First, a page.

5 Insider Tips for Negotiating a Non-Compete Agreement

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Competition for stellar employees is becoming stiffer worldwide. As a result, the need for employers to secure and retain highly effective employees is at an all-time high. The paradox of this situation is that these employees also know they are in high demand.

They are therefore transient, moving from one contract to another. To stem this tide, employers are wielding non-compete contracts in an attempt to not only stem high staff turnover but to also protect their trade secrets, critical research and their clients.

As an employee, you may not avoid signing these contracts; but you do not have to enter into a straitjacket non-compete contract that leaves you very limited wiggle room. The following guidelines should help you avoid getting yourself into such a situation.

1. Consult a Lawyer

In spite of the excitement of landing a job of your dreams, contact an employment lawyer before you sign that contract. Go through it with him or her to determine what is enforceable and what is not. The consultancy fee of a couple of a hundred dollars per hour is worth having an attorney tooth-comb your non-compete contract. It would be extremely costly if you were to end up in court defending yourself against a breach of a non-compete contract.

2. Limit Geographical Scope

An employer will attempt to make a non-compete agreement cover as much geographical scope as possible. Whenever you see such an unreasonable restriction, take a step back. Do not sign it since it can severely curtail your future prospects of getting a job. While reasonable restrictions exist, these vary from sector to sector. For instance, temporarily barring a beautician from working anywhere in the country is unreasonable. However, restricting a pharmaceutical sales rep in a particular area could be said to be reasonable.

3. Limit the Restriction Duration

As with geographical scope limitation, you should seek to limit the amount of time the non-compete agreement prohibits you from seeking employment in a particular geographical area. The standard restriction period is between six months to one year. A non-compete contract of more than two years is essentially hostile. It is not in good faith, and you should not sign it. In any case, such a draconian contract is unlikely to hold up in court.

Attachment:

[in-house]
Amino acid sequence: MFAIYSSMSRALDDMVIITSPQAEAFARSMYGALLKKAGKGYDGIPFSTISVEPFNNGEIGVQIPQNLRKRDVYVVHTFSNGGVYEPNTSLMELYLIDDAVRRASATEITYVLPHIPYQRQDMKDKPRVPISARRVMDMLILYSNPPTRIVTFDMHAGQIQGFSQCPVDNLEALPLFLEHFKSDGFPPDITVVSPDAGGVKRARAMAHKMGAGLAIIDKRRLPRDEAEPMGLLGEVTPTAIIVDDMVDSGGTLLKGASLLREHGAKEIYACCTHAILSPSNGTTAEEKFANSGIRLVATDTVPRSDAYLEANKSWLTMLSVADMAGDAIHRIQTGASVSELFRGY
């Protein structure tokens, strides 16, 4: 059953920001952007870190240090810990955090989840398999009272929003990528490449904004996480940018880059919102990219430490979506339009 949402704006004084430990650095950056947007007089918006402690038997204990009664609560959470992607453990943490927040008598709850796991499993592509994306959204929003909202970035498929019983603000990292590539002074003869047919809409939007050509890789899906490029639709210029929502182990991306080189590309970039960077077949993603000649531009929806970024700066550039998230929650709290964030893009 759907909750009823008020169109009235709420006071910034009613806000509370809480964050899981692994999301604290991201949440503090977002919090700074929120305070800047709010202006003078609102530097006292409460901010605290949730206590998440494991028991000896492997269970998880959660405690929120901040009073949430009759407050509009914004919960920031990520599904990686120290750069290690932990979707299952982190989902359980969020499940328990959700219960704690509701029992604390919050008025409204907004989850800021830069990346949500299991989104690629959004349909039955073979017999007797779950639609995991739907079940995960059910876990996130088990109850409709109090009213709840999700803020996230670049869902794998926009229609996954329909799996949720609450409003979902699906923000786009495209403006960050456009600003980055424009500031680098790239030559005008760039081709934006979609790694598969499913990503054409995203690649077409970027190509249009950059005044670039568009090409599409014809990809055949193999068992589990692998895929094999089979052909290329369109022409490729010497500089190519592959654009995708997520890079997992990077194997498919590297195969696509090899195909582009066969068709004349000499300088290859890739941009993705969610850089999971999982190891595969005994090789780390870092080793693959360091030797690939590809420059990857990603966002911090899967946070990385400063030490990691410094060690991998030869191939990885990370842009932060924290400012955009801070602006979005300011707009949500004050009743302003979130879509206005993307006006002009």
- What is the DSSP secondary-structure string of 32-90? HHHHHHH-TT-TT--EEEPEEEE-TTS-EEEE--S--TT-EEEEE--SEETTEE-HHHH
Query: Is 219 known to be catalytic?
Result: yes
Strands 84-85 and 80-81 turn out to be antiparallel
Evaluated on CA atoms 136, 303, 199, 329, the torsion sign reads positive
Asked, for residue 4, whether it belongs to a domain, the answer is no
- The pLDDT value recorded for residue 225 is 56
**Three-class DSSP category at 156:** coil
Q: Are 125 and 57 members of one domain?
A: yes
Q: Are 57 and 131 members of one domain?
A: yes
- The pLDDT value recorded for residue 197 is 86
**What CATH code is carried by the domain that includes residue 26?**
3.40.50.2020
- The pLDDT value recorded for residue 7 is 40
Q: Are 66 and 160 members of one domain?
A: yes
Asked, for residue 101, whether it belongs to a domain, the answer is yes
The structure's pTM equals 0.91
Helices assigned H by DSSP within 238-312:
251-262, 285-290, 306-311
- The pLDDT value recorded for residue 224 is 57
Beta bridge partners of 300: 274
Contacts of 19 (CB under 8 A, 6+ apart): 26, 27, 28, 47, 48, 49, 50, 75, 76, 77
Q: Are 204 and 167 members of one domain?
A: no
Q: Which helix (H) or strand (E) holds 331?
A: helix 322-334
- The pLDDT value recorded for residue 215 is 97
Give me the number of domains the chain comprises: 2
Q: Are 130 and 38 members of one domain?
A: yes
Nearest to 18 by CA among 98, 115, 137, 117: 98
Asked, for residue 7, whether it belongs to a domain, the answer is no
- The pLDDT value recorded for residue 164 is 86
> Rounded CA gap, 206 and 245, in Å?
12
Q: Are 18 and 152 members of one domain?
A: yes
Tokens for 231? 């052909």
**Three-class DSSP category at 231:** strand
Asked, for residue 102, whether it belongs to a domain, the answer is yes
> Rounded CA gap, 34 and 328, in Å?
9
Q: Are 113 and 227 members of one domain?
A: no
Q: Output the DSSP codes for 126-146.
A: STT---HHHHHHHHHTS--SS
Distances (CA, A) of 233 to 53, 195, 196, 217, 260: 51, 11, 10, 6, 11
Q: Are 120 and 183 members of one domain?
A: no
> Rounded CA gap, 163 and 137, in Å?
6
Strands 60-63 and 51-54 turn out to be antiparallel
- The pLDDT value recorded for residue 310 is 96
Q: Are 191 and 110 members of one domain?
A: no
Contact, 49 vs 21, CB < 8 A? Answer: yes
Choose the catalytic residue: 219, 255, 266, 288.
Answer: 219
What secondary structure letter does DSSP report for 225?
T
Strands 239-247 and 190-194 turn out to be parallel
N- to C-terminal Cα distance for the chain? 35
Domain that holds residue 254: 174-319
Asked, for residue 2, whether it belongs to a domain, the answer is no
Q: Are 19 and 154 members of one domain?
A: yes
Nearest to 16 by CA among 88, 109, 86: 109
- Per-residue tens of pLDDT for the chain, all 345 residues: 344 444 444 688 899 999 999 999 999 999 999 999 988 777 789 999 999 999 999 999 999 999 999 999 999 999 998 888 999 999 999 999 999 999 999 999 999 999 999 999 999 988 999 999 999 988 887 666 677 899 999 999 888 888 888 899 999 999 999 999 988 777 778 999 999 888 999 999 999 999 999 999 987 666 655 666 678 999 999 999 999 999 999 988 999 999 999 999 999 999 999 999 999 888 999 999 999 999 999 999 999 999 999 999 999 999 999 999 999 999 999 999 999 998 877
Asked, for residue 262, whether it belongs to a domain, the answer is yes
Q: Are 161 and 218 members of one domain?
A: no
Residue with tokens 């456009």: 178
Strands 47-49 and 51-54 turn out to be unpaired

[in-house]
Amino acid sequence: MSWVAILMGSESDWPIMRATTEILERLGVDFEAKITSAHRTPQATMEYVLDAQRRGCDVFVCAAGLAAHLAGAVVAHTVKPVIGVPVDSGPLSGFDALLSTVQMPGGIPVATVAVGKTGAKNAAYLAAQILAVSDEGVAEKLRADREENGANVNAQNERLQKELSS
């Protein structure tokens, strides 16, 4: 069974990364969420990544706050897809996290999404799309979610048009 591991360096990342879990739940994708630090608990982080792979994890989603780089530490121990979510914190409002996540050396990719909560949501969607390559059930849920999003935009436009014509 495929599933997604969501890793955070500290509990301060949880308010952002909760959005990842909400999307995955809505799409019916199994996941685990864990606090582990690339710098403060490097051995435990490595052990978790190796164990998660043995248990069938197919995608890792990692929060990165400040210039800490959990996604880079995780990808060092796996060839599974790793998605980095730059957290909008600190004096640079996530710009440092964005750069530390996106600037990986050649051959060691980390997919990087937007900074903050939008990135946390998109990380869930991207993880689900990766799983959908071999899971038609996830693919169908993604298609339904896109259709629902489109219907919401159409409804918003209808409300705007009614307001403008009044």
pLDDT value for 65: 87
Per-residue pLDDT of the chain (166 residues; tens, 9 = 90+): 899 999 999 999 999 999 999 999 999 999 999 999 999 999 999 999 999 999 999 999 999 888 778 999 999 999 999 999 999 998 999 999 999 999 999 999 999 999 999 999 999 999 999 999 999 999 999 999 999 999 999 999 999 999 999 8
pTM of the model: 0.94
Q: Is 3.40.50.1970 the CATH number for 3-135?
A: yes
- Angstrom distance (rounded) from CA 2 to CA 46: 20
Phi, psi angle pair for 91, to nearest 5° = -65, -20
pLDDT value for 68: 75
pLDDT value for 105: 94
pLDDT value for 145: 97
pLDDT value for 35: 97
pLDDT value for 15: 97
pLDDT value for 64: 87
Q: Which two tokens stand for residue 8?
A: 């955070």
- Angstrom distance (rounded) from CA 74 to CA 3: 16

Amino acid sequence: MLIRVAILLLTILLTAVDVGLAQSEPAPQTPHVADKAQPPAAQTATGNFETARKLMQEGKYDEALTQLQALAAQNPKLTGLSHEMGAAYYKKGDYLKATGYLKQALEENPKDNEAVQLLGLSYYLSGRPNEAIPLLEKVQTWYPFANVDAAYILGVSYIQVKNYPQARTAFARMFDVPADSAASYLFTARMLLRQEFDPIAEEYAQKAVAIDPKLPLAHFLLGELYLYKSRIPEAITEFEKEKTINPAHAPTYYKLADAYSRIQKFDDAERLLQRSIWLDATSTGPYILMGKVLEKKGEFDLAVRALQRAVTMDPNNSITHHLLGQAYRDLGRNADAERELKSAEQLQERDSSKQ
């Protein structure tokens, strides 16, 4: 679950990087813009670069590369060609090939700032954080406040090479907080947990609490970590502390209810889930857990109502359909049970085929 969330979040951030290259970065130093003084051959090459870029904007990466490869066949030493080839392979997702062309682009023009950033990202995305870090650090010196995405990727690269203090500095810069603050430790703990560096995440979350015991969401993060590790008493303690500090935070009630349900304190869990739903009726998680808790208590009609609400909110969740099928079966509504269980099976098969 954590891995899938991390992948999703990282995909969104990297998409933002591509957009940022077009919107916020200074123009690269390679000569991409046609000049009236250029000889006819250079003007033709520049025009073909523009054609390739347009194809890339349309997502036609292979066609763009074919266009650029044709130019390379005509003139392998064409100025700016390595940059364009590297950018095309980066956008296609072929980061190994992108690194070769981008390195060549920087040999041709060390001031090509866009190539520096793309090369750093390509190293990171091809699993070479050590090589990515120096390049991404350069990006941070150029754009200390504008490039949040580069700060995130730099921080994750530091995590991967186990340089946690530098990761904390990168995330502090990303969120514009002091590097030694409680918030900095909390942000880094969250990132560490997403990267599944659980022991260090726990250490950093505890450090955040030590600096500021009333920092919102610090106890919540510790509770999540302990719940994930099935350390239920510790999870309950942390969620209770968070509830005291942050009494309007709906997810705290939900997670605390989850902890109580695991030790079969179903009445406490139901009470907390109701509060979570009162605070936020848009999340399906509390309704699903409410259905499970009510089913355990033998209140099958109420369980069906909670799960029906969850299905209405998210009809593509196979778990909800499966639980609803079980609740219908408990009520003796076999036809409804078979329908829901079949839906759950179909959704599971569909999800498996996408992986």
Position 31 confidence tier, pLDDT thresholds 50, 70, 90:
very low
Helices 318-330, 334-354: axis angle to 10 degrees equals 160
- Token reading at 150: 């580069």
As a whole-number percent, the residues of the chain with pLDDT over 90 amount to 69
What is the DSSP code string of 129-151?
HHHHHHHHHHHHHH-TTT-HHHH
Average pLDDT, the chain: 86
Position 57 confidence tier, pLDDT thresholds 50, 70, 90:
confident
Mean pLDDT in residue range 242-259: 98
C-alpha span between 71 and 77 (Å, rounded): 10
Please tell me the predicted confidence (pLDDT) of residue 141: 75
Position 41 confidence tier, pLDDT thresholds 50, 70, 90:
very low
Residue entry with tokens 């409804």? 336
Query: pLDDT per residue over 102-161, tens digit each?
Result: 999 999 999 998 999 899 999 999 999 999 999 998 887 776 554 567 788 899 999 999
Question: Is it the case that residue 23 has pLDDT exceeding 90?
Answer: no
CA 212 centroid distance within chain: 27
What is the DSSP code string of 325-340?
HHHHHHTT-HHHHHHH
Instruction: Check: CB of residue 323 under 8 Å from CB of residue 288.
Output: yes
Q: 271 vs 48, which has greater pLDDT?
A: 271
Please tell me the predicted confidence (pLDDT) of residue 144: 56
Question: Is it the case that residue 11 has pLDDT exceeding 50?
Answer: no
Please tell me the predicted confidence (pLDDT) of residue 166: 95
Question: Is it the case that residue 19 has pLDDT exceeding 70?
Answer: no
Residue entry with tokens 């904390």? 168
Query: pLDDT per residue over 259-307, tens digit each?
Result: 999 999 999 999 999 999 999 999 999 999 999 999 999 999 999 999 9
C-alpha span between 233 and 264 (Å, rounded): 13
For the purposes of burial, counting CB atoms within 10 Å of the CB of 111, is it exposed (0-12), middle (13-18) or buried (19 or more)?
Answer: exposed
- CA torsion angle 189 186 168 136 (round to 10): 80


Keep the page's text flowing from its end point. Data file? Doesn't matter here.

4. Consider Alternative Restrictions

There are other restrictions that may be more favourable to you than a non-compete. Try to get yourself into a “non-solicitation” or “non-disclosure” agreement instead. These two allow you to continue working soon after leaving a job. With non-disclosure agreements, you are restricted from leaving with valuable company research. Non-solicitation agreements prevent you from going after clients of your former company, the only exception being those that you already had before joining the company.

5. Get a Financial Settlement

If you cannot avoid a non-compete agreement, then you might as well get paid for your trouble. This is especially important if you are not comfortable with certain clauses in the contract. While you may not be compensated for a whole year, if an employer is intent on locking you out of employment for that long, they should at least pay you for the inconvenience. Your employment attorney can negotiate a salary of up to 80%.

A non-compete contract should provide a win-win scenario for both the employer and the employee. If drafted with good intentions, which should usually be the case, it protects an employer’s business while at the same time reasonably restricting an employee from getting another job within a certain geographical scope and period. For it to stand scrutiny in court, it must be prepared in good faith and provide reasonable restrictions that do not seek to punish a former employee. In any case, the six months period a former employee may have to wait out could be a welcome time to rest and retrain before moving on to their next job.

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